Thursday, June 21, 2007

A soul-shuddering cry

Dear J and L:

Like it was yesterday, I remember the tugging, the pulling and the rocking as the doctor pulled you from my swollen belly.
First, she delivered Baby A. Seconds later, a cry so amazing I can still picture myself lying there, crying, too.
Then, Baby B. Another soul-shuddering cry leaps from a tiny mouth, reinforcing my own sobs.
I still remember that first time I set my eyes on you, and couldn’t believe you were both mine.
All mine.


Look at the beautiful little girls you are turning into before my eyes. So full of wonder and amazement at every little noise, sight and smell.
The way you hop from place to place, the way you snuggle tight with your lovey blankets, the way you look at me, sometimes, with such innocence – like when you are reaching for something you know you shouldn’t.
Language is slowly forming in your minds and traveling to your lips. I wish I could understand every word you utter and sail away on those words. Still, you communicate better than many I know.
You’ve even learned to say that you’re sorry, in sign language.
Sorry is a word we have to use a lot these days. Sorry I threw that toy at your head, sister. Sorry I bounced a sippy cup off your forehead, mom. Sorry, I got mad and threw all of my food off the table.
Sweetness radiates from both of you: in your smiles, in your giggles, in your dog sounds, in your gorilla imitations, in your toddler dances.
And, in your wonderful, wet kisses.

Sweet girls, you will have learned the lesson I’m about to tell you a hundred times by the time you read this letter, if you ever read this letter.
People – human beings – will break your heart. They’ll break it in a way that the word sorry just doesn’t seem enough. But, it will have to be.
I wish I could prevent everyone and anyone from squashing your soul. I wish I could teach you to magically wiggle your nose to make the pain go away when it does happen.
Truthfully, you learned this lesson early, sitting on our front stoop, innocently waving at the passerbys and watching them pass with only a nose in the air and no response to your silly grin or your quiet wave.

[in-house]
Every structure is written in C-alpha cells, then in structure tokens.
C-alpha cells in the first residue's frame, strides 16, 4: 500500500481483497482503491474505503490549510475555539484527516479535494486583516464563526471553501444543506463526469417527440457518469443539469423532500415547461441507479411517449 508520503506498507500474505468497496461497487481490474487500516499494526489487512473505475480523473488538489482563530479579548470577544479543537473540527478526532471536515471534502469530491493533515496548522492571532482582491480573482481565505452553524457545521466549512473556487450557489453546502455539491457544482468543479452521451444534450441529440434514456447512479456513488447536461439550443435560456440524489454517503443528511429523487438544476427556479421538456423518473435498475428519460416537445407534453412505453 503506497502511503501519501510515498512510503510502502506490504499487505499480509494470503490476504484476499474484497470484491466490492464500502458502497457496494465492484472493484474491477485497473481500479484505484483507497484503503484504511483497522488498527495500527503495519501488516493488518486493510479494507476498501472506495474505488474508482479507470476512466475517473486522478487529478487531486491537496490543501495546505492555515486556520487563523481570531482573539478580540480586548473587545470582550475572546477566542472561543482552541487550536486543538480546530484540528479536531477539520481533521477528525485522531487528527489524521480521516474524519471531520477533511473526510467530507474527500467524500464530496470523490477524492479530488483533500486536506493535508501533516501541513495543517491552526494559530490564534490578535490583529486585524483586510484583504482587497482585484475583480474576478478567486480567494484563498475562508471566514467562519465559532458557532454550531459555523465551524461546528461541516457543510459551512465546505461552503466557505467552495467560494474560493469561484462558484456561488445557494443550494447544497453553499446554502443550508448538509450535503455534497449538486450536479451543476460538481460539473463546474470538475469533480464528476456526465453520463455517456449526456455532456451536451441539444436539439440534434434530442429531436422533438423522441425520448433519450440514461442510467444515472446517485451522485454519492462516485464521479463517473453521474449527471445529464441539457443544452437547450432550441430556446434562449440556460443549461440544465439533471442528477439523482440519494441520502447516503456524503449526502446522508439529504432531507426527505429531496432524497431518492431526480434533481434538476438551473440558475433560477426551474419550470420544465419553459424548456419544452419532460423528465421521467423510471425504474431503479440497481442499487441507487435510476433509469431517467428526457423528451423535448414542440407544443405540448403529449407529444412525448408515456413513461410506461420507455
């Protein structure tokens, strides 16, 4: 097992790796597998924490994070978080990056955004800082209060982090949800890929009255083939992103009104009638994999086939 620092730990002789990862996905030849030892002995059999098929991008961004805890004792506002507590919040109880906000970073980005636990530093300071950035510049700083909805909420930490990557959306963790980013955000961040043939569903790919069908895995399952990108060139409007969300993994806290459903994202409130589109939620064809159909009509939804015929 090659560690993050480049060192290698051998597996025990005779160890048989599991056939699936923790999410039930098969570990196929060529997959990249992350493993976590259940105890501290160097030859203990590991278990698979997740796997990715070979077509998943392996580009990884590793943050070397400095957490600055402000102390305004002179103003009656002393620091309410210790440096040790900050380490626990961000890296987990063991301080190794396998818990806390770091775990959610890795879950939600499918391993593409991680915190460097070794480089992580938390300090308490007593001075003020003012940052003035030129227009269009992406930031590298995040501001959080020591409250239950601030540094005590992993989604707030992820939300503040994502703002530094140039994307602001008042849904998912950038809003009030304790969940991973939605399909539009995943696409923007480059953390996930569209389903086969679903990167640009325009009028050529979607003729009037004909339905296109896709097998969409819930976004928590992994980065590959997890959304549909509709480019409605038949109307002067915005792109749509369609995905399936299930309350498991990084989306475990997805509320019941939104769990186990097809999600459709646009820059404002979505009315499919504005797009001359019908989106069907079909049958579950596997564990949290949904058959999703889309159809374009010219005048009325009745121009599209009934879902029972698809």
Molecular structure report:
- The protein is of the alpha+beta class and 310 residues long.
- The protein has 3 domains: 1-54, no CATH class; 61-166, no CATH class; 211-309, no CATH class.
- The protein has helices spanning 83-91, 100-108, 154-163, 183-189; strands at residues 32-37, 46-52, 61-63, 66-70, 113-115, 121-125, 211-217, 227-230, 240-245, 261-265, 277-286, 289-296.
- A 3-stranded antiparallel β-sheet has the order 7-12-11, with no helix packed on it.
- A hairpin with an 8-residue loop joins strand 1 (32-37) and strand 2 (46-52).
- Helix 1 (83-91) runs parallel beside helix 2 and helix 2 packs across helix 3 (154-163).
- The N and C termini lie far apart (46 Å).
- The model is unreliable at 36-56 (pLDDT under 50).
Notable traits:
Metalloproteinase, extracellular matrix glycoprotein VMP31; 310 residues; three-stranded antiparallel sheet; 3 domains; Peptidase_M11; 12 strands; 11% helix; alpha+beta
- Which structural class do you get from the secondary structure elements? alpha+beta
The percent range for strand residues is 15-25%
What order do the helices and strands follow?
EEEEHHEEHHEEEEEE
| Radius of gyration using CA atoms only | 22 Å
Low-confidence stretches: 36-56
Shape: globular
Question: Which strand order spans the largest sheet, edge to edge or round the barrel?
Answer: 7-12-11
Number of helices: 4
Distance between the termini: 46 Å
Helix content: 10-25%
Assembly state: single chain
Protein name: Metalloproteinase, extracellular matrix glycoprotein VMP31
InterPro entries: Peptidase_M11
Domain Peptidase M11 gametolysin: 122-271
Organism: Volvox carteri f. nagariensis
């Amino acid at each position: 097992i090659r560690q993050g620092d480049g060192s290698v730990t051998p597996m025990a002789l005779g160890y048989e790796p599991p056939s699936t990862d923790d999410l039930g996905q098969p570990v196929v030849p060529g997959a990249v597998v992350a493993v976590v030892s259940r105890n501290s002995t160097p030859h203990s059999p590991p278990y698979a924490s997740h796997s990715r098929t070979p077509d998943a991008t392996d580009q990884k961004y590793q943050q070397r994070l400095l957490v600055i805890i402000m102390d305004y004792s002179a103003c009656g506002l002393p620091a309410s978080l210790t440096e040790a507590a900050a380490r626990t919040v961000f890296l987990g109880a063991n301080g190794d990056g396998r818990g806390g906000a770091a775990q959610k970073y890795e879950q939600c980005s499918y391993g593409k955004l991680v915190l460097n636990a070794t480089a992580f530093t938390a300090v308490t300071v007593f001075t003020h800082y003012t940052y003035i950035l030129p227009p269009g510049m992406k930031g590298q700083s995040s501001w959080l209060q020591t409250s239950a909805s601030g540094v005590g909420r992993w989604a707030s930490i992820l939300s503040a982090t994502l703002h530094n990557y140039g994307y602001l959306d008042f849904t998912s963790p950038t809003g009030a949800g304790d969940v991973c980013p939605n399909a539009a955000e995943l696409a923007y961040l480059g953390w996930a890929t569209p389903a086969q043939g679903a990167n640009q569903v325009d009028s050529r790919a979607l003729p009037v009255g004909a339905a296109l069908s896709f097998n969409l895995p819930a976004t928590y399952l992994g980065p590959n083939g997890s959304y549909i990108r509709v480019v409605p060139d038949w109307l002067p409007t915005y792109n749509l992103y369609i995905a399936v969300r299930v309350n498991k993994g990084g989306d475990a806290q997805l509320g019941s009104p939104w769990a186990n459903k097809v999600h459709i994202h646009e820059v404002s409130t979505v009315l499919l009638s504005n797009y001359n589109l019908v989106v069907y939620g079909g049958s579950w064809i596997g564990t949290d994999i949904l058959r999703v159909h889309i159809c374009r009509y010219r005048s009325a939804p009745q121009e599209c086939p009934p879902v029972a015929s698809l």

You learned this early when Mama or Dada had to tell you no to something that would put you in danger. I see how it crushes you to no end when we have to get back in the car after having so much fun.
I don’t want to be someone who disappoints you.
I’m hoping that by the time you read this, you’ll understand human nature enough to realize that heartbreak and sadness is all just a part of the great circle of life, that with it also come great days of excitement, passion and happiness.
Like a giant roller coaster at some amusement park, your days will go up and down.
You’ll understand all of this, someday, when you are greeted with your own soul-shuddering cry -- that will be all yours.


Shannon said...

Okay, I'm feeling a little teary this morning anyway :-) but this is beautiful. I hope your girls do get to read it someday. Have you thought about printing these out and putting them in a notebook? I guess I don't trust technology to last like paper. Silly, I know.
I think about this all the time, how I don't want to send them out in the real world where other kids will be cruel to them by virtue of innocent kid nature; where other adults will be telling them no, even though it will probably be for their own good; or where I will not be right there with my magic mommy powers to kiss all pains away. This may just be the hardest part about being a parent.

BonnieRose said...

love your writing... love it... from one writer to another... hugs.. your writing is amazing... hugs

Mary P Jones (MPJ) said...